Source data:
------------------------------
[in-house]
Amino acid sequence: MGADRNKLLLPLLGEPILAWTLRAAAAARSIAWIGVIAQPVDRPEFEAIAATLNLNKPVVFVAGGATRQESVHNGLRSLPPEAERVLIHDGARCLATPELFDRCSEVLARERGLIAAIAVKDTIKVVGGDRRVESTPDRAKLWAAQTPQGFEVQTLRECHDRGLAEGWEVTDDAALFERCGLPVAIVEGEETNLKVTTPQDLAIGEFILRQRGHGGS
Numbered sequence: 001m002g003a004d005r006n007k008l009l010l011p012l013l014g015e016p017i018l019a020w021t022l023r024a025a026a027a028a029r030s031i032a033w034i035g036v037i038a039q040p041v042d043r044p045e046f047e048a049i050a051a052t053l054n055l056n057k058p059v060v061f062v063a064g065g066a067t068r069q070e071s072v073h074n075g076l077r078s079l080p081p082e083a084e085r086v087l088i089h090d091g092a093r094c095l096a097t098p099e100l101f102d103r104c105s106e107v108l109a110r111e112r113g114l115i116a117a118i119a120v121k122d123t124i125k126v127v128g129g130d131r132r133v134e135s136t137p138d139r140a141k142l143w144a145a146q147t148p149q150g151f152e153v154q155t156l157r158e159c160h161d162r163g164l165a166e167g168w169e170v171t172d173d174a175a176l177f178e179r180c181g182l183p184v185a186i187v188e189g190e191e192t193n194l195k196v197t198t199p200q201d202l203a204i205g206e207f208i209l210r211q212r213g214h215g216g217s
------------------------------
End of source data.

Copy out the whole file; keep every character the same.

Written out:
[in-house]
Amino acid sequence: MGADRNKLLLPLLGEPILAWTLRAAAAARSIAWIGVIAQPVDRPEFEAIAATLNLNKPVVFVAGGATRQESVHNGLRSLPPEAERVLIHDGARCLATPELFDRCSEVLARERGLIAAIAVKDTIKVVGGDRRVESTPDRAKLWAAQTPQGFEVQTLRECHDRGLAEGWEVTDDAALFERCGLPVAIVEGEETNLKVTTPQDLAIGEFILRQRGHGGS
Numbered sequence: 001m002g003a004d005r006n007k008l009l010l011p012l013l014g015e016p017i018l019a020w021t022l023r024a025a026a027a028a029r030s031i032a033w034i035g036v037i038a039q040p041v042d043r044p045e046f047e048a049i050a051a052t053l054n055l056n057k058p059v060v061f062v063a064g065g066a067t068r069q070e071s072v073h074n075g076l077r078s079l080p081p082e083a084e085r086v087l088i089h090d091g092a093r094c095l096a097t098p099e100l101f102d103r104c105s106e107v108l109a110r111e112r113g114l115i116a117a118i119a120v121k122d123t124i125k126v127v128g129g130d131r132r133v134e135s136t137p138d139r140a141k142l143w144a145a146q147t148p149q150g151f152e153v154q155t156l157r158e159c160h161d162r163g164l165a166e167g168w169e170v171t172d173d174a175a176l177f178e179r180c181g182l183p184v185a186i187v188e189g190e191e192t193n194l195k196v197t198t199p200q201d202l203a204i205g206e207f208i209l210r211q212r213g214h215g216g217s